The ending will delight, and possibly, surprise you. I highly recommend this book and cannot express enough the strength of storytelling.

Cost: $0.00 on Overdrive

Drink of Choice: Lemon and Ginger tea

Our House by Louise Candlish is definitely not a summer read. There’s nothing relaxing about this story, so save yourself some unwanted agony, and don’t put this one in your beach tote. Our House isn’t your typical suspenseful, unreliable narrator type of thriller. It’s a tale of domestic anguish that was infuriating to read, and yet, this book was well worth hanging on until the end.

Continue reading

The Witch's Daughter by Paula BrackstonThe Witch’s Daughter by Paula Brackston recounts the many lives of Bess Hawksmith, from her childhood, living in small town in the 1600s England before she possessed magic, to the Victorian age as a pioneer female surgeon, Eliza, her extraordinary healing powers as a nurse during WW1 and finally – the Bess that has adapted to today’s world as Elizabeth, a loner. Her final identity of Elizabeth is decisive. No longer will she continue to hide, she’s finally ready to face off with Gideon after more than 300 years.

Continue reading

Don’t be fooled by the umbrella, the cover art doesn’t have much to do with the actual story.

The Favorite Sister by Jessica Knoll takes a cheesy reality show that you’re barely interested in and fills it with secrets that twist and distort what you think you know and suddenly, you find yourself drawn into the drama.

The reality show is Goal Diggers, a production focused on young entrepreneurial women that are now millionaires without the help of a man. There is the stunningly beautiful author, Stephanie, the vegan hippie juice bar CEO, Jen, dating app founder, Lauren Bunn (aka Lauren Fun!), and the lesbian founder of a spin studio with a charitable mission, Brett.

Continue reading

Now 2018 has come and gone. I ended the year one book short of my Goodreads goal, reading just 24 books in 2018 instead of 25. I blame that on picking up East of Eden with only two weeks left in the year. John Steinbeck’s epic novel spans over 500 pages in paperback and it would take some time to get through it. Toss in the holidays and there just wasn’t enough time to finish it. Of all the books I read last year, there were two amazing books that absolutely stood out and I highly recommend reading.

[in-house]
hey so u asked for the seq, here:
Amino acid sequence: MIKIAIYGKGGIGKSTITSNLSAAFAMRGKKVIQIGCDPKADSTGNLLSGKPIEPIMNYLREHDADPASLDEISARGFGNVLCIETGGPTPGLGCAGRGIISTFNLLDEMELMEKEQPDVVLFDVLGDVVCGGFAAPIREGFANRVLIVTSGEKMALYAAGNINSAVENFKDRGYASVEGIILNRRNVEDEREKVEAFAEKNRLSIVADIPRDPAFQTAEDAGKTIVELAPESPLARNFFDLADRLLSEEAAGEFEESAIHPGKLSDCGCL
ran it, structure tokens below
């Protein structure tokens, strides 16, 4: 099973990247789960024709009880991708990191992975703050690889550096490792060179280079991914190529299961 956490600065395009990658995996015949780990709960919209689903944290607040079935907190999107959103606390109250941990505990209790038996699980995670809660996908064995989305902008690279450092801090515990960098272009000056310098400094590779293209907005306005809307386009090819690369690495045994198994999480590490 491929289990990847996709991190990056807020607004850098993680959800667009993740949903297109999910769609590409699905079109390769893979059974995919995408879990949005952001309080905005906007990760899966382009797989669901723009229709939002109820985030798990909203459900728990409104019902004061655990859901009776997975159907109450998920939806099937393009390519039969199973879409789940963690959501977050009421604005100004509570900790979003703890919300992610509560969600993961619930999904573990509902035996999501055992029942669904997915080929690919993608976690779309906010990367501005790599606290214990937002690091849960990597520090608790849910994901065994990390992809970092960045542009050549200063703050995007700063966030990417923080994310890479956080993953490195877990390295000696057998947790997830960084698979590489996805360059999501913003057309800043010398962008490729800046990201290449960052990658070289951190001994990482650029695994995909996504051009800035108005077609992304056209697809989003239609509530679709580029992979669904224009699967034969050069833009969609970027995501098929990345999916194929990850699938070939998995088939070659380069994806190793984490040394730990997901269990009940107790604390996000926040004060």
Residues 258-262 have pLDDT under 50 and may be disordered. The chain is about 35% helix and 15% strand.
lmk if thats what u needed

Continue reading

Carol cover

I was surprised to see this in the bargain bin so soon after the theatrical release, but now I understand.

In a span of 36 pages, the story makes a sudden change from a mundane road trip to “We’re lesbians” to “OMG, someone is following us, let’s kill him.” Carol by Patricia Highsmith is a slow-paced novel that has a surprising, but deeply satisfying ending.

Continue reading

Though only hinted at, it’s clear from the prologue that something terrible has happened to Gemma. It’s 15 years later and despite the past, Gemma appears to be living her best life: owner of her own real estate business, and married with a child. However, that drastically changes after a chance encounter with a new client. The Girl I Used To Be by Mary Torjussen explores the lasting effects of violation, harassment, and victim shaming in a novel that I feel is important to read and discuss with others.

Continue reading

You will feel sick reading this book. It will make you frustrated, melancholy, curious. I suffered nightmares and stomach aches.

Renting it from the library gave me only 21 days to cover the extensive 509 pages, which meant I was reading this book every moment I had free. The details surrounding the incident (how victims were killed, bodies left behind by the police, a teacher left for dead) left me feeling nauseous and appalled. Reading words from the killer themselves brought them back to life. Columbine by Dave Cullen is an enlightening, yet, stomach churning examination of the events leading up to, during, and following the Columbine High School Massacre of 1999.

Continue reading